Just when physicists hunted down the Higgs Boson, they took up a new quest: hunting for dark matter.
According to scientists, the universe is composed of 73% dark energy, 23% dark matter and just 4% regular matter which includes people, planets, and stars. Dark matter is the new holy grail because it gives shape to galaxies and the fabric of space-time.
At the SLAC National Accelerator Laboratory at Stanford University, high energy physicists have been combing through data created by BaBar, an experiment originally intended to answer questions related to why there is more matter than antimatter in the universe. The experiment ran on and off from 1985 to April 2008 when BaBar confirmed existing theories. What BaBar left for posterity was a total of eight years of data from the collisions of tens of billions of particles.
As the pursuit of dark matter has heated up, the scientists who worked with Babar believed that this data might be useful in the hunt for dark matter.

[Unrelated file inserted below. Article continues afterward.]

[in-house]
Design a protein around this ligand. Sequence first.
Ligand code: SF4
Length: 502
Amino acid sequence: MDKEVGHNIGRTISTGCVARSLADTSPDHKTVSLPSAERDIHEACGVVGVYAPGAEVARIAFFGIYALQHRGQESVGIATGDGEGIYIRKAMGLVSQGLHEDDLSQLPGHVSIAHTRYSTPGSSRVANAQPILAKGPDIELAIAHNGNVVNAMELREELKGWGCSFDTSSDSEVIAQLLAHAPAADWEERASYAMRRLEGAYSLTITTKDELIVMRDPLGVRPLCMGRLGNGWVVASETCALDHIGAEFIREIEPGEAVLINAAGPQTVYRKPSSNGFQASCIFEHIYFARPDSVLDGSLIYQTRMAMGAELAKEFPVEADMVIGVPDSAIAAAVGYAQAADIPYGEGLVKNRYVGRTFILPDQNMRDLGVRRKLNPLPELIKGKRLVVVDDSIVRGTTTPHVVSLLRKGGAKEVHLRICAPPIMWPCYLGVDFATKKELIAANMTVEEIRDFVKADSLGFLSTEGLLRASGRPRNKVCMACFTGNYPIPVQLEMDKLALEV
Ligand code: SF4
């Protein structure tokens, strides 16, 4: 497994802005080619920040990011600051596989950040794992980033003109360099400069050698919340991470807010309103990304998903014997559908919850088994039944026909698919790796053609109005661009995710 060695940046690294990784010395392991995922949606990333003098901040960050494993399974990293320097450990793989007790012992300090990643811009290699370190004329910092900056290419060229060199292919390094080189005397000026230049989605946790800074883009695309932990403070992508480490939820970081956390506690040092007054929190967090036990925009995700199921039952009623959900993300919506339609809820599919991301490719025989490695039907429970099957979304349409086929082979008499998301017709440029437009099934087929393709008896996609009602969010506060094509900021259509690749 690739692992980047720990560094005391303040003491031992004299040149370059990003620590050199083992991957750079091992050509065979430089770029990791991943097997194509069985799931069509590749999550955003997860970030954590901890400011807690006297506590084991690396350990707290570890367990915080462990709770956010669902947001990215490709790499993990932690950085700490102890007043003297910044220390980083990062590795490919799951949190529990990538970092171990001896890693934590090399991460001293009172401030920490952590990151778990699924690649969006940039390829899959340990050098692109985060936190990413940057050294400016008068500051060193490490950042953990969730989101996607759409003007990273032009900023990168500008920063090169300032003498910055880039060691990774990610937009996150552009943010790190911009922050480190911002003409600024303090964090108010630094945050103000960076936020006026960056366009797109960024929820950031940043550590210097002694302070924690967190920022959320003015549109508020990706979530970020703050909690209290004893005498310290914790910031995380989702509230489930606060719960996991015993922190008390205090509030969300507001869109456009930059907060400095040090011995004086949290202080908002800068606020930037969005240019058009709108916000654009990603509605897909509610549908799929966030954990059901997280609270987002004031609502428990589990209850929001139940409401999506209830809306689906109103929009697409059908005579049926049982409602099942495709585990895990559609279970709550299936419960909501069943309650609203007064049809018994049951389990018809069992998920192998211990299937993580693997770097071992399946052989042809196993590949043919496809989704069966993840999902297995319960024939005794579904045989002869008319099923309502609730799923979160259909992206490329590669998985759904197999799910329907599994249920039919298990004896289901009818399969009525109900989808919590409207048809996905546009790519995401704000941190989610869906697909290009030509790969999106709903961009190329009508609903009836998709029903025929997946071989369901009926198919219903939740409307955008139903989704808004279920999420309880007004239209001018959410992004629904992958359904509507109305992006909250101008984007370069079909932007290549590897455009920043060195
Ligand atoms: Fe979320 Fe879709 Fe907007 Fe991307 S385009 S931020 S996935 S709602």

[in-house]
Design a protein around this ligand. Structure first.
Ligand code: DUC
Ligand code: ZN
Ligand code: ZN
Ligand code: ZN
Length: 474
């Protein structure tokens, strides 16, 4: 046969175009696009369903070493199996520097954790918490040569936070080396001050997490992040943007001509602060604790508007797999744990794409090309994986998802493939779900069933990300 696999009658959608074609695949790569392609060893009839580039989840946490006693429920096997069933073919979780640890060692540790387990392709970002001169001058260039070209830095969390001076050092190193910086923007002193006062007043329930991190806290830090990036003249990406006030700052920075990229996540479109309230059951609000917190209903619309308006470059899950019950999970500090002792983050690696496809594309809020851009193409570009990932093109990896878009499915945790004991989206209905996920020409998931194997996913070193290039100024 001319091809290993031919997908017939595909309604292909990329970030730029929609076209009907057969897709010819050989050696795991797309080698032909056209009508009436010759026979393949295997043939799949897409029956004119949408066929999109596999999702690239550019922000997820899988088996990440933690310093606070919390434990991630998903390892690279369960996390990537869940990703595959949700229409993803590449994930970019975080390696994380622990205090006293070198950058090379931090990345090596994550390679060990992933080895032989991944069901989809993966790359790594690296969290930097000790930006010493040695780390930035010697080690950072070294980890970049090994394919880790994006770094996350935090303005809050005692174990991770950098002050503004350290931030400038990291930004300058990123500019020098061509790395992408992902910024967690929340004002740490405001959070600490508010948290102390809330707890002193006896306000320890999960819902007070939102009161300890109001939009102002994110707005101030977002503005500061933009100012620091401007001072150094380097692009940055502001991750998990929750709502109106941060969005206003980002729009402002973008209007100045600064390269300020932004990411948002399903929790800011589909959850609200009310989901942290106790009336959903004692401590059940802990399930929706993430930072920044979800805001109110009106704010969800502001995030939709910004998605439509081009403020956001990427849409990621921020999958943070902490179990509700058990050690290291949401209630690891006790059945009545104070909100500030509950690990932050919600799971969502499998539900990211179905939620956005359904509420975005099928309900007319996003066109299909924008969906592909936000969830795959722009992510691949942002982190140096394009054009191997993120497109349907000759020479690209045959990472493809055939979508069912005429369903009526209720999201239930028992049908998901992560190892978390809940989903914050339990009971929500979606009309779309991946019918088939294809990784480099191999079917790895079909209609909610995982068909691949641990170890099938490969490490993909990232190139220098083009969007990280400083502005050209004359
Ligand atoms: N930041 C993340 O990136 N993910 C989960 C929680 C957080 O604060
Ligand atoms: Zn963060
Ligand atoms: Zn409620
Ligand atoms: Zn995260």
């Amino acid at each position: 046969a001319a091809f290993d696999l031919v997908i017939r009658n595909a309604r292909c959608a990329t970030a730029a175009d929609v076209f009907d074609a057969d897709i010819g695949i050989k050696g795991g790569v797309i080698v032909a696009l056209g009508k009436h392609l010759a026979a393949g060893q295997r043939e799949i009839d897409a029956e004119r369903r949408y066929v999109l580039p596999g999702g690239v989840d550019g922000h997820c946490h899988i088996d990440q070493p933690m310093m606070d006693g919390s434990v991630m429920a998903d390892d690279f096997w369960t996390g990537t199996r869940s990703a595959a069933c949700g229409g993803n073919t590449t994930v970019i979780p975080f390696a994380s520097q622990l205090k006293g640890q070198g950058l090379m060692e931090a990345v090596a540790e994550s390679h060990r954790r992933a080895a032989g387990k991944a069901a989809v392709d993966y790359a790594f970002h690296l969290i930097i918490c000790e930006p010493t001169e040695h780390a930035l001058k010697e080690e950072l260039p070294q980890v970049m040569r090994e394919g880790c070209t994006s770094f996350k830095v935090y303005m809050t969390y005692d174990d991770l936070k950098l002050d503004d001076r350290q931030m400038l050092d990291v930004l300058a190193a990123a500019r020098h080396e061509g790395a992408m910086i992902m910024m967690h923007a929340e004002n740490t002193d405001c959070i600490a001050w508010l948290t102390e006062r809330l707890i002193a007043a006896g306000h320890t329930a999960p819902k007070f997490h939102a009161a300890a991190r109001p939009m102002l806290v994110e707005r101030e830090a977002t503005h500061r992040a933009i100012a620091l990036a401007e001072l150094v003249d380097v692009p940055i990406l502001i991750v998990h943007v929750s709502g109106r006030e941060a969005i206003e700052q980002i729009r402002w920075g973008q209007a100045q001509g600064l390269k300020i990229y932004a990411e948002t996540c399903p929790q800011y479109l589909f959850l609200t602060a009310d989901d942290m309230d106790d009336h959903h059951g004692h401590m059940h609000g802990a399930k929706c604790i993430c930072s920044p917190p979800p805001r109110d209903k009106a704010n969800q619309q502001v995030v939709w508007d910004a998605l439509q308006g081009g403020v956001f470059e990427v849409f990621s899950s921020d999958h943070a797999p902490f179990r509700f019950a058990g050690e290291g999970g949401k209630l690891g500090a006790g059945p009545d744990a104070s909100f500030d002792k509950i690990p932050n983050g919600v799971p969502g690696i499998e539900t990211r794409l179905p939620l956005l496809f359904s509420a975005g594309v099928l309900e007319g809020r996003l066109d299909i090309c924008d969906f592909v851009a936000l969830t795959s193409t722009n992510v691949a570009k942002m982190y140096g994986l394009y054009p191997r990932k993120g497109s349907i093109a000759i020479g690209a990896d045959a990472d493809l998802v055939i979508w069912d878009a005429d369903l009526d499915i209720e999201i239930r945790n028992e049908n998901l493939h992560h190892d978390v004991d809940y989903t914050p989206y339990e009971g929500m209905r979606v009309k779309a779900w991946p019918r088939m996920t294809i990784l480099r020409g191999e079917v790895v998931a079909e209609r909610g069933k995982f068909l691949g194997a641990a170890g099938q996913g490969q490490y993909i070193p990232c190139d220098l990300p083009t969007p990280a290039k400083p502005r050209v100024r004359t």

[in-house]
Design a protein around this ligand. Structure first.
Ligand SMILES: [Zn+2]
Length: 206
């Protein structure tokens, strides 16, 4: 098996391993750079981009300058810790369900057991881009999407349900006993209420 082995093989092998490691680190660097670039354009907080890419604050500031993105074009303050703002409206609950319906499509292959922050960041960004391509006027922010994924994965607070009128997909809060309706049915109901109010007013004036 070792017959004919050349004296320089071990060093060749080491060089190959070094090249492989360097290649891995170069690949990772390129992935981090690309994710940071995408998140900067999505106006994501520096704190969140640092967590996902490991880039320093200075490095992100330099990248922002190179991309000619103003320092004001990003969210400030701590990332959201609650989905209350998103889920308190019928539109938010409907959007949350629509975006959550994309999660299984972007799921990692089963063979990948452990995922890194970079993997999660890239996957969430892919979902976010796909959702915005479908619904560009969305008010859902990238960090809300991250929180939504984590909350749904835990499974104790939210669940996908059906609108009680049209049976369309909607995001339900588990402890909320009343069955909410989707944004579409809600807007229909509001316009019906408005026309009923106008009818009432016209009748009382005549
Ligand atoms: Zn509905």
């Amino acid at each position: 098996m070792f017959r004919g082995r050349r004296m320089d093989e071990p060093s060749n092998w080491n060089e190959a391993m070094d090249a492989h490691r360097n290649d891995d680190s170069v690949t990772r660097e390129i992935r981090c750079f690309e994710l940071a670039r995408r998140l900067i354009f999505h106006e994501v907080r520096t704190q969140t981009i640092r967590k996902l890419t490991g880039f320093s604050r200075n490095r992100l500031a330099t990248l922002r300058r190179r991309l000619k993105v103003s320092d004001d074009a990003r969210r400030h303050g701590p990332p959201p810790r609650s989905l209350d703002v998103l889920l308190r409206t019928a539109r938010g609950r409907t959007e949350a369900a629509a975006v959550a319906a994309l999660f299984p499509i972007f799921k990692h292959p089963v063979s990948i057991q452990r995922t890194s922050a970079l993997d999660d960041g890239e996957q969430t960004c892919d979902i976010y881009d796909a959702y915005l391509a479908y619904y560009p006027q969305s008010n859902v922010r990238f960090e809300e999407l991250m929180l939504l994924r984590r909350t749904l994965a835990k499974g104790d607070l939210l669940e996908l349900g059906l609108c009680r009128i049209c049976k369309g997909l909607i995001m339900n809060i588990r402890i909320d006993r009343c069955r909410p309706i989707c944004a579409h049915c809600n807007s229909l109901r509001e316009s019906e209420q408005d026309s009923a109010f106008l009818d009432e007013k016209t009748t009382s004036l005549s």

The device, pictured above, is known as the BaBar Silicon Vertex Tracker (SVT). The detector is made up of the SVT, a Drift Chamber (DCH), a magnet, and many other components.
The SVT has five silicon detector layers and signals are read by front-end chips that are part of the High Density Interconnect (HDI). The device has produced data, from as far back as 1999, that is now being studied for insights into dark matter.
Scientists in Italy and Japan are now working on two projects, SuperB and Belle-II respectively, that will collect more than 100 times the data produced by BaBar.
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